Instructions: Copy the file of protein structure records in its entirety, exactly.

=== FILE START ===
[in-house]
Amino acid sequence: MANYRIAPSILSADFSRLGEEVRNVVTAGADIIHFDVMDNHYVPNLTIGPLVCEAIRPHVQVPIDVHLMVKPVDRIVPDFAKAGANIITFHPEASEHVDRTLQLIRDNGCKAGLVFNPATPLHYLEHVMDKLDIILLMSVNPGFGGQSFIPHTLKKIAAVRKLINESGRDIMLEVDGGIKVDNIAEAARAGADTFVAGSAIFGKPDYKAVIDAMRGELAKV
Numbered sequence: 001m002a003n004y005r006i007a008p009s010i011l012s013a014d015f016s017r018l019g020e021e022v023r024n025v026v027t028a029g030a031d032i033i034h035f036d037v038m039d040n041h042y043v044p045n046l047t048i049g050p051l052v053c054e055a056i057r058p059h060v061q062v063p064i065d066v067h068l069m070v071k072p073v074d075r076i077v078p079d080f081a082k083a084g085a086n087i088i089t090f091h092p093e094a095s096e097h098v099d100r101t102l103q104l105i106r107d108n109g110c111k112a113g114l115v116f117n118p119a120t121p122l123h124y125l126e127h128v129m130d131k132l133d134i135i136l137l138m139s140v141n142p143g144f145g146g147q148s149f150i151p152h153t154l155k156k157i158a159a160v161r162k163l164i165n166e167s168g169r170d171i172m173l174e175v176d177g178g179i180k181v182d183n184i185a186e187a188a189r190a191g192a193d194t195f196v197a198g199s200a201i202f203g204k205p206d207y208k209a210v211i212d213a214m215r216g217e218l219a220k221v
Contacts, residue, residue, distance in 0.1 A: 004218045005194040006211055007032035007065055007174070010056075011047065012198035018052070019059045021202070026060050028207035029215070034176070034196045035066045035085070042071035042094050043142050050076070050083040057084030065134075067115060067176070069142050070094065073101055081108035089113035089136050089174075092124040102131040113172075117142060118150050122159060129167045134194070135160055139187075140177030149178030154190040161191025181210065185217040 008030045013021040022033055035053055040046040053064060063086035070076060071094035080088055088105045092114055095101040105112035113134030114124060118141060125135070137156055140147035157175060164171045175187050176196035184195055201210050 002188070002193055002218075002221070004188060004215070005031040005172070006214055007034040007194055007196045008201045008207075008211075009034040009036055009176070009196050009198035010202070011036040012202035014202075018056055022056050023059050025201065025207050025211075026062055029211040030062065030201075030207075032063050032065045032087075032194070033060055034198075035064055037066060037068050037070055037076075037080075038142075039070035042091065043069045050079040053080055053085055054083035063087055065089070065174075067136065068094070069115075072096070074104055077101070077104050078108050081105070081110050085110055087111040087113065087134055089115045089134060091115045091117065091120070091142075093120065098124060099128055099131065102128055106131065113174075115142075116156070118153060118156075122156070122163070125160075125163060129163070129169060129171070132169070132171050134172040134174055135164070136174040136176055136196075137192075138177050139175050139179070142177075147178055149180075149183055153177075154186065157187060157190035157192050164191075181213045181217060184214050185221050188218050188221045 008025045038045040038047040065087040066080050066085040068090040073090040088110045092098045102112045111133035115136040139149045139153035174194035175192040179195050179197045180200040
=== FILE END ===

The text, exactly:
[in-house]
Amino acid sequence: MANYRIAPSILSADFSRLGEEVRNVVTAGADIIHFDVMDNHYVPNLTIGPLVCEAIRPHVQVPIDVHLMVKPVDRIVPDFAKAGANIITFHPEASEHVDRTLQLIRDNGCKAGLVFNPATPLHYLEHVMDKLDIILLMSVNPGFGGQSFIPHTLKKIAAVRKLINESGRDIMLEVDGGIKVDNIAEAARAGADTFVAGSAIFGKPDYKAVIDAMRGELAKV
Numbered sequence: 001m002a003n004y005r006i007a008p009s010i011l012s013a014d015f016s017r018l019g020e021e022v023r024n025v026v027t028a029g030a031d032i033i034h035f036d037v038m039d040n041h042y043v044p045n046l047t048i049g050p051l052v053c054e055a056i057r058p059h060v061q062v063p064i065d066v067h068l069m070v071k072p073v074d075r076i077v078p079d080f081a082k083a084g085a086n087i088i089t090f091h092p093e094a095s096e097h098v099d100r101t102l103q104l105i106r107d108n109g110c111k112a113g114l115v116f117n118p119a120t121p122l123h124y125l126e127h128v129m130d131k132l133d134i135i136l137l138m139s140v141n142p143g144f145g146g147q148s149f150i151p152h153t154l155k156k157i158a159a160v161r162k163l164i165n166e167s168g169r170d171i172m173l174e175v176d177g178g179i180k181v182d183n184i185a186e187a188a189r190a191g192a193d194t195f196v197a198g199s200a201i202f203g204k205p206d207y208k209a210v211i212d213a214m215r216g217e218l219a220k221v
Contacts, residue, residue, distance in 0.1 A: 004218045005194040006211055007032035007065055007174070010056075011047065012198035018052070019059045021202070026060050028207035029215070034176070034196045035066045035085070042071035042094050043142050050076070050083040057084030065134075067115060067176070069142050070094065073101055081108035089113035089136050089174075092124040102131040113172075117142060118150050122159060129167045134194070135160055139187075140177030149178030154190040161191025181210065185217040 008030045013021040022033055035053055040046040053064060063086035070076060071094035080088055088105045092114055095101040105112035113134030114124060118141060125135070137156055140147035157175060164171045175187050176196035184195055201210050 002188070002193055002218075002221070004188060004215070005031040005172070006214055007034040007194055007196045008201045008207075008211075009034040009036055009176070009196050009198035010202070011036040012202035014202075018056055022056050023059050025201065025207050025211075026062055029211040030062065030201075030207075032063050032065045032087075032194070033060055034198075035064055037066060037068050037070055037076075037080075038142075039070035042091065043069045050079040053080055053085055054083035063087055065089070065174075067136065068094070069115075072096070074104055077101070077104050078108050081105070081110050085110055087111040087113065087134055089115045089134060091115045091117065091120070091142075093120065098124060099128055099131065102128055106131065113174075115142075116156070118153060118156075122156070122163070125160075125163060129163070129169060129171070132169070132171050134172040134174055135164070136174040136176055136196075137192075138177050139175050139179070142177075147178055149180075149183055153177075154186065157187060157190035157192050164191075181213045181217060184214050185221050188218050188221045 008025045038045040038047040065087040066080050066085040068090040073090040088110045092098045102112045111133035115136040139149045139153035174194035175192040179195050179197045180200040